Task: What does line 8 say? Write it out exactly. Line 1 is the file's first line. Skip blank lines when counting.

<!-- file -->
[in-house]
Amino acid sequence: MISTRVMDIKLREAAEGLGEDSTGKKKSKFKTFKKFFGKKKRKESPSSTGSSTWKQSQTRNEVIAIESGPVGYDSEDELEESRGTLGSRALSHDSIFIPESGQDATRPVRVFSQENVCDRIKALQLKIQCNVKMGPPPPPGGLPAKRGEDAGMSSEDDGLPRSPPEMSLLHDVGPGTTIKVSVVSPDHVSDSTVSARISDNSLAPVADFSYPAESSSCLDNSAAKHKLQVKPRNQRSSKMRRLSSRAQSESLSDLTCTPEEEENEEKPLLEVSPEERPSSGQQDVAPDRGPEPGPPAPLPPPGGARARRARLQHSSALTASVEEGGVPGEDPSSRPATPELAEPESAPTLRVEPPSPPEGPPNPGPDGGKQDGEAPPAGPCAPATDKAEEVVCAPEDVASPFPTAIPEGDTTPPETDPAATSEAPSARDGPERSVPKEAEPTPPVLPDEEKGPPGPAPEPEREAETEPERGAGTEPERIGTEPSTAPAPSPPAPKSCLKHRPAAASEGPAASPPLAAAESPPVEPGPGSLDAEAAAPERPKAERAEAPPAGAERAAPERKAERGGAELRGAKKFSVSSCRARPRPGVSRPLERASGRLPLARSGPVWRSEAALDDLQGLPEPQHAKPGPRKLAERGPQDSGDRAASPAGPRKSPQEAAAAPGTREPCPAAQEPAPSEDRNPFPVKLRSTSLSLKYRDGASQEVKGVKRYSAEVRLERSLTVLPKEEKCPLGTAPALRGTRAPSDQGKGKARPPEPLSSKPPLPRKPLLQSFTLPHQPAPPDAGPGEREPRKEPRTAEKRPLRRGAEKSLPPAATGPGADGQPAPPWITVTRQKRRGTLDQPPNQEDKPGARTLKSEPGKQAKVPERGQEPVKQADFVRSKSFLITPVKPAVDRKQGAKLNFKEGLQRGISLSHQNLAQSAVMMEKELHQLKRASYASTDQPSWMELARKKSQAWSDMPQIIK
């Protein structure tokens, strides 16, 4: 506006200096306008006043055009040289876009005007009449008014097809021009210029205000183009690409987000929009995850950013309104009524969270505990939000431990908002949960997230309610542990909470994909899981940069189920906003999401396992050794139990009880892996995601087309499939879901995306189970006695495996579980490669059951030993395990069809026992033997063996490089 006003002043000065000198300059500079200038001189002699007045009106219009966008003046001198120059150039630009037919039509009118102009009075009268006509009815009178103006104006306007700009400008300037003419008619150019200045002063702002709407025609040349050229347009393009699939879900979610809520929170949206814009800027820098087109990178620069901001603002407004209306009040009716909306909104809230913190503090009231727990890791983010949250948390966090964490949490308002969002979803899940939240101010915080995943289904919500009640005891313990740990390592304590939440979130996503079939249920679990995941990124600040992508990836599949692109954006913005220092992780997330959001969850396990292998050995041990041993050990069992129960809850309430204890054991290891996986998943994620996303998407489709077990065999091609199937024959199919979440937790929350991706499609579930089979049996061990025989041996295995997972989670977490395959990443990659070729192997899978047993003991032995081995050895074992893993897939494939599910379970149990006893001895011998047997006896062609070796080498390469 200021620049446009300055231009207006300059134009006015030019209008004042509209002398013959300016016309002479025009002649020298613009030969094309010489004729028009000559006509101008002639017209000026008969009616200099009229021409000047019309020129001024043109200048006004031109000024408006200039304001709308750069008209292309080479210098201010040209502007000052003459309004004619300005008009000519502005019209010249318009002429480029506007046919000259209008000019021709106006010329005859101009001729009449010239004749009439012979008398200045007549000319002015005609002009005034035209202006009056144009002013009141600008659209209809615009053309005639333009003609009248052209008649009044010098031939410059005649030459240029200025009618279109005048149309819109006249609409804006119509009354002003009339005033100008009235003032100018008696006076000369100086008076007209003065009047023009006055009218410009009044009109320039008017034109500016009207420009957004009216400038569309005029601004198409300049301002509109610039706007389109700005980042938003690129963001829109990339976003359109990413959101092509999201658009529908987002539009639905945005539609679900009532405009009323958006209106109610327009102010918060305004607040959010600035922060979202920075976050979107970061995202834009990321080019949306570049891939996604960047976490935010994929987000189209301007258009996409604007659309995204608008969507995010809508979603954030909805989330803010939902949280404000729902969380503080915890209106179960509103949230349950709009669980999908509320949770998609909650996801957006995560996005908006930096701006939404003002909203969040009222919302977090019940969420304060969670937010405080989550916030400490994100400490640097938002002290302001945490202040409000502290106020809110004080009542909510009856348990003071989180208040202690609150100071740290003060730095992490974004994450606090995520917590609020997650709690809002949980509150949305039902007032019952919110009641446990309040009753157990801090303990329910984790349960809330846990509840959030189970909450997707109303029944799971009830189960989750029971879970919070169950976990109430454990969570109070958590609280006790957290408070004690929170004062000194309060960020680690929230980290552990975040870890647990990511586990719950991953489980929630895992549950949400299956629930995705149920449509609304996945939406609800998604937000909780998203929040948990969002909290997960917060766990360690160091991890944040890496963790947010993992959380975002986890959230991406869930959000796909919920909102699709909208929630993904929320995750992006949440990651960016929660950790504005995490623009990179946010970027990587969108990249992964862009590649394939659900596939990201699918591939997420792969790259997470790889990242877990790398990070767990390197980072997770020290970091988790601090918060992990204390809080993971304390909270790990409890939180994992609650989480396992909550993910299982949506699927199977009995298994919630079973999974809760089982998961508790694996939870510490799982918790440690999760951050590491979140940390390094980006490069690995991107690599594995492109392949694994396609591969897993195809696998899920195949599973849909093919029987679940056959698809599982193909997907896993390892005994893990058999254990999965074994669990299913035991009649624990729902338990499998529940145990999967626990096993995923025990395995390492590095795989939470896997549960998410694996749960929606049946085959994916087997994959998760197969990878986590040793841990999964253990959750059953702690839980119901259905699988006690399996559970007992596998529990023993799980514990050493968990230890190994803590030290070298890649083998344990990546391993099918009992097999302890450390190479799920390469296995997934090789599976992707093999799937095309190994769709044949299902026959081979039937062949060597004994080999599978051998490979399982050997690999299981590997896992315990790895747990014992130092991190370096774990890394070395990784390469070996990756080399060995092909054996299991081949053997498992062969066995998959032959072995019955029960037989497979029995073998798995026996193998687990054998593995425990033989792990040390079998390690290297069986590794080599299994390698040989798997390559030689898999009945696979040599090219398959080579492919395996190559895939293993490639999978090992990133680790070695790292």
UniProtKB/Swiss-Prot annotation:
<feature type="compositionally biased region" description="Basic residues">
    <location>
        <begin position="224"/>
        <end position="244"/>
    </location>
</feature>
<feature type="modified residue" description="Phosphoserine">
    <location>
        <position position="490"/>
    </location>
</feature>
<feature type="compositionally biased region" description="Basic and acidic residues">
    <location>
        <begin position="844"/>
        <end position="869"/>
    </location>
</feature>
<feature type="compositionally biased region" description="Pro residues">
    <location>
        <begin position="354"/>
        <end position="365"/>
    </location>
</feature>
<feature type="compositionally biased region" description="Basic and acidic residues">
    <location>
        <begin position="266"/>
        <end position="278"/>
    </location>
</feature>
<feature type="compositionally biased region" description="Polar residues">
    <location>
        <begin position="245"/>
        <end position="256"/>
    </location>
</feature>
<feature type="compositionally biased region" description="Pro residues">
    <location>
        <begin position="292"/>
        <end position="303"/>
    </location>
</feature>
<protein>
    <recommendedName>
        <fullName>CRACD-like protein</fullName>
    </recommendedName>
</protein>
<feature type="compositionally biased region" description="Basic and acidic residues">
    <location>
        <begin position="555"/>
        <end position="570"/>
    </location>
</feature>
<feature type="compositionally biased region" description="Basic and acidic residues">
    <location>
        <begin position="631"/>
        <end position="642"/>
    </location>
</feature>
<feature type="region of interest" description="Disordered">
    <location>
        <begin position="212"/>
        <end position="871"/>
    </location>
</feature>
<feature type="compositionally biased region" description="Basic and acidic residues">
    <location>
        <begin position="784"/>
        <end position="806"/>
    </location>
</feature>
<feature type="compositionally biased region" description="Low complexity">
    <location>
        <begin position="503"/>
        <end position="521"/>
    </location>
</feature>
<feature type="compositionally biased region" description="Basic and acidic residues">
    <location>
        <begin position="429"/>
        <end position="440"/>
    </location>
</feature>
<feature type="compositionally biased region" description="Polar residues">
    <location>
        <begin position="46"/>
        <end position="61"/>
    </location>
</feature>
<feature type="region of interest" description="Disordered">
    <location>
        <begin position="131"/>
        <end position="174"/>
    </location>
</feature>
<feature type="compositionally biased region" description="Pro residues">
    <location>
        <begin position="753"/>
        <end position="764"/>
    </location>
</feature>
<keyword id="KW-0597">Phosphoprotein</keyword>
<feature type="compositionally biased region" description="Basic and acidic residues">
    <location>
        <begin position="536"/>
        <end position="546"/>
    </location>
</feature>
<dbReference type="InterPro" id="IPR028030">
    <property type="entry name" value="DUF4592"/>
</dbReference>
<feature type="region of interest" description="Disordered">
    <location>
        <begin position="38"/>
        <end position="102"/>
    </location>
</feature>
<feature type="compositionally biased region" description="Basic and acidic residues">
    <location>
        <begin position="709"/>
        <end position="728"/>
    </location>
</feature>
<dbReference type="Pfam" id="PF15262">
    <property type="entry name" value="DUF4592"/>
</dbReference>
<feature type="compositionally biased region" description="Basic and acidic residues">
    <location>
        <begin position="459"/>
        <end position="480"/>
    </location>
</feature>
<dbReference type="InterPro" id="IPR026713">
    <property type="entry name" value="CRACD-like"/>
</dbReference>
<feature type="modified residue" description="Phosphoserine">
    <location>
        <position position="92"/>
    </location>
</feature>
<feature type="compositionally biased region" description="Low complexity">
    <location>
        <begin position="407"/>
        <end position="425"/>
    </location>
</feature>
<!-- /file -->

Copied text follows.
        <end position="244"/>